The Philippines could easily become a hub for interactive fiction, across both audiobooks and audio-based games, according to Johan Strömberg, chief executive officer of Wanderword, a Swedish interactive mobile content company.
“The Philippines is ripe for an explosion in interactive fiction. The country has been an early adopter and leader in both SMS and social. This digital savvy will lend itself well to works in this genre,” Mr. Strömberg said in a statement.
Interactive fiction was pioneered decades ago by choose-your-own-adventure books and choice-based video games. The genre resurfaced recently in “Bandersnatch,” a highly rated movie under Black Mirror, a sci-fi anthology series produced by Netflix in 2018.
To bring interactive fiction into the country, publishing house Bookshelf PH will produce an in-house line of audiobooks through Fabella, an editing product developed by Wanderword that will let Filipino writers and content creators author and deploy interactive audio content to Amazon Alexa, Google Home, and smartphones — as well as the web.
Fabella’s basic features allow creators to plot out a choose-your-own-adventure story, while its more advanced features can incorporate hit points or level checks, according to Kyle C. Nate, Bookshelf PH deputy editorial director.
“It may be helpful to have a programming background, but it’s still possible to learn with Fabella’s documentation. The Bookshelf PH team is also happy to help any author or publisher who wants to experiment with Fabella,” she said via e-mail.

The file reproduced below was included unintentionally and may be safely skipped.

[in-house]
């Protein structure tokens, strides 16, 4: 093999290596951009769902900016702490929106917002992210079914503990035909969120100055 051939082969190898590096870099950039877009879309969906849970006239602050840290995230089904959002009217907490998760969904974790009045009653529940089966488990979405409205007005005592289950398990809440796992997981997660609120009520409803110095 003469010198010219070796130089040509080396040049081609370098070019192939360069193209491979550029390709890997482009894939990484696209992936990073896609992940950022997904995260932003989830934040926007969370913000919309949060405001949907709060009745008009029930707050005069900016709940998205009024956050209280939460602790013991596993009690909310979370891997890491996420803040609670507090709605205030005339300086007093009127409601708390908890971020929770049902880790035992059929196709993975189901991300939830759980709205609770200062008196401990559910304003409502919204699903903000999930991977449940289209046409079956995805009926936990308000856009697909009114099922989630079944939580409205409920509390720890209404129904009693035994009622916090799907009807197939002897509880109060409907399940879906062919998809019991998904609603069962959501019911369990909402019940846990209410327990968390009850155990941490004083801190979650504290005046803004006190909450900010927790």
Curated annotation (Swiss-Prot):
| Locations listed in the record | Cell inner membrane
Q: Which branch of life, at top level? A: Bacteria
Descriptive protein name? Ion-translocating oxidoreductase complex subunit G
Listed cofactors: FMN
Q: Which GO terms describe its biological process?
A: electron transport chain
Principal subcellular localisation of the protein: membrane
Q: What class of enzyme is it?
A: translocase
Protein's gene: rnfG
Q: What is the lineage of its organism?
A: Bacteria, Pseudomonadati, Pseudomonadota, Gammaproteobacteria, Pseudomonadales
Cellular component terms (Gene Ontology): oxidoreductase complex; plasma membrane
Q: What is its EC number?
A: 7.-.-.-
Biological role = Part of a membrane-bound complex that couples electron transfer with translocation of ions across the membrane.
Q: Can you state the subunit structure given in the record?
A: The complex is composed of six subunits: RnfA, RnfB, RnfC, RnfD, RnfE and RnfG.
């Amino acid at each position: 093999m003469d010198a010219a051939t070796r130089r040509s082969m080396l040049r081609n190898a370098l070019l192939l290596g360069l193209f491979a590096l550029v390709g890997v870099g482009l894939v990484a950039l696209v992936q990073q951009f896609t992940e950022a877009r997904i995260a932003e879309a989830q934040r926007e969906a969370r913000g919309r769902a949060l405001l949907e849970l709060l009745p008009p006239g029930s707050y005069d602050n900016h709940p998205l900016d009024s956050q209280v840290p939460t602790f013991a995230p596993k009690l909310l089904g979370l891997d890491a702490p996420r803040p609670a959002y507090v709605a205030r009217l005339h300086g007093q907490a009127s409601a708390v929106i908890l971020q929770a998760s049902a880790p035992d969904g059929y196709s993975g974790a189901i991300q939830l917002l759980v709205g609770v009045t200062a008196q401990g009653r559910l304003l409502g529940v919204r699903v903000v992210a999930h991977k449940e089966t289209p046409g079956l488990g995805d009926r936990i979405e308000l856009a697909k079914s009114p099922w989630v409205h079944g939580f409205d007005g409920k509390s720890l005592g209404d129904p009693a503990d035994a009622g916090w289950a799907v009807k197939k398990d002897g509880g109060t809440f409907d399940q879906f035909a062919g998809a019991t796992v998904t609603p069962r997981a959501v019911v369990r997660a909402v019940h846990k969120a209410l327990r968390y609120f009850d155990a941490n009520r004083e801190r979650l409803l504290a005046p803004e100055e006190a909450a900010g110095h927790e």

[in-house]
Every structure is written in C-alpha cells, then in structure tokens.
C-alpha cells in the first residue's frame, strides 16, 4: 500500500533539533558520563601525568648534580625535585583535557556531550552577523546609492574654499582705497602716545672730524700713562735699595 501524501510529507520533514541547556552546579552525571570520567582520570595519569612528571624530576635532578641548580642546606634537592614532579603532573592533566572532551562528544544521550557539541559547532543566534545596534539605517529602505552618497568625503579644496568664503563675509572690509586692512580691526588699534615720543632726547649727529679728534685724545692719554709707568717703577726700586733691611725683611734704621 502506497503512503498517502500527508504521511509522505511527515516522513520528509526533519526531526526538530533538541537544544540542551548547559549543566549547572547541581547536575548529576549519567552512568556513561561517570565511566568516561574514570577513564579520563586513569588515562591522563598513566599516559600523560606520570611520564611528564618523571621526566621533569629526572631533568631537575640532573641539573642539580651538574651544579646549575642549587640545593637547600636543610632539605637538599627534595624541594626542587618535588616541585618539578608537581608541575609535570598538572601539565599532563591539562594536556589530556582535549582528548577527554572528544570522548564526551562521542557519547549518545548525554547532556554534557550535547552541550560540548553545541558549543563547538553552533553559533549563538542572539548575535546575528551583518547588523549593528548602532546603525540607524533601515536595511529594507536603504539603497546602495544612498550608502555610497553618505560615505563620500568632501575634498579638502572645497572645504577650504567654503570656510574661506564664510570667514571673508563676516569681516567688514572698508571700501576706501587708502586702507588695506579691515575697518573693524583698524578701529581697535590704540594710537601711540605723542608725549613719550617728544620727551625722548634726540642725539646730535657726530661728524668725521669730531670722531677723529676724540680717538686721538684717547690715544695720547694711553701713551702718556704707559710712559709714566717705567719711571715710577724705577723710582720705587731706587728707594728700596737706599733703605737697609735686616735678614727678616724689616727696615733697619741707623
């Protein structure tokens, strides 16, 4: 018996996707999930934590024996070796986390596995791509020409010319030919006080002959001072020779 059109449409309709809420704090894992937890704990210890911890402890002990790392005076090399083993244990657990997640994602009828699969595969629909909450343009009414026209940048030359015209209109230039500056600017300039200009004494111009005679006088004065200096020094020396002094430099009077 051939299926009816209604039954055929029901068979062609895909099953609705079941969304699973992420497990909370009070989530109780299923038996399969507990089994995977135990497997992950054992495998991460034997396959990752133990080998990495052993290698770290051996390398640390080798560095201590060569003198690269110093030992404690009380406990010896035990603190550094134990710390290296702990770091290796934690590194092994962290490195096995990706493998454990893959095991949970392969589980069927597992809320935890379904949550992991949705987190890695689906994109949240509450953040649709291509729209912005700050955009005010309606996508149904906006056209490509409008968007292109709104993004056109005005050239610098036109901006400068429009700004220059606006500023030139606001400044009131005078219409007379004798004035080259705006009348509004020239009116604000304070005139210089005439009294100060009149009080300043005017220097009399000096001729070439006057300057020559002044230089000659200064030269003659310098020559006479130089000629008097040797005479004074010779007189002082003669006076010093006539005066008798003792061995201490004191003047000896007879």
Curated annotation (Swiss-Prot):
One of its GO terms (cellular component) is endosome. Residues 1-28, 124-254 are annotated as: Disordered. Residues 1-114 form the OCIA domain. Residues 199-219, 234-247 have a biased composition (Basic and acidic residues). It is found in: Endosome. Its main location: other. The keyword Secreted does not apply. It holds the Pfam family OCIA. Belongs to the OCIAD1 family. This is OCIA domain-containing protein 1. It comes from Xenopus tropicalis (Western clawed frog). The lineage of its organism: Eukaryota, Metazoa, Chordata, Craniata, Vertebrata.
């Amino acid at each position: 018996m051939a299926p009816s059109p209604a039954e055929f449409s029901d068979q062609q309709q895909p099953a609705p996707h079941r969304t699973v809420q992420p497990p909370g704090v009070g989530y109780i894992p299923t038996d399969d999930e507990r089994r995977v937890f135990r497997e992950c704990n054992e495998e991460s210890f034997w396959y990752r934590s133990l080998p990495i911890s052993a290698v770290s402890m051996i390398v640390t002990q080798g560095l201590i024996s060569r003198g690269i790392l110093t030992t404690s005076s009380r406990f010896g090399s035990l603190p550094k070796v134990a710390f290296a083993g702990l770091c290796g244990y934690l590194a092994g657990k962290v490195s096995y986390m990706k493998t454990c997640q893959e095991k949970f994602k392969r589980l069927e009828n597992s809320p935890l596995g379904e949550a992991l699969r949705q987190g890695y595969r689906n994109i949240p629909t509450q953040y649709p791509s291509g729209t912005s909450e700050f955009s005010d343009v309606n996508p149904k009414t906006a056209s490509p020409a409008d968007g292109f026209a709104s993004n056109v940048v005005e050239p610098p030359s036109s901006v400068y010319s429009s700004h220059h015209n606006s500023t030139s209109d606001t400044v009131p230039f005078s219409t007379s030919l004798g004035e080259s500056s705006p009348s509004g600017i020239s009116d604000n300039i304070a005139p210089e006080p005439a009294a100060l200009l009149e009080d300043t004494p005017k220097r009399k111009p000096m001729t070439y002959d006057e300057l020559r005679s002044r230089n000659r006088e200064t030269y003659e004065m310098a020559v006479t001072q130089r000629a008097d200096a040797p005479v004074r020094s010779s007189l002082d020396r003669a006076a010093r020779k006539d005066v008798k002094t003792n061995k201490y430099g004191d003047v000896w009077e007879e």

However, one caveat is that the baked-in text-to-speech voices for narrating the book or game are generally optimized for English.
“Content creators in the Philippines would have to tell their interactive audio content in English or use external voice actors if they wish to still tell it in Filipino or another local dialect,” said Ms. Nate.
Community-building and social media publicity is also the local market’s strength — since a story can take different paths, readers naturally discuss the branches they took and the ending they arrived at across social media.
Monette G. Quiogue, Bookshelf PH executive creative director, said in a statement: “These kinds of interactive audiobooks put the player in the role of the protagonist, where they can actively shape the course of the story rather than just read what happens. Such interactivity is an immersive experience like no other.”
Bookshelf PH is open to collaborations with self-published authors, freelance writers, students, and brands that author books. Interested parties can visit their website, or e-mail firstname.lastname@example.org. — Brontë H. Lacsamana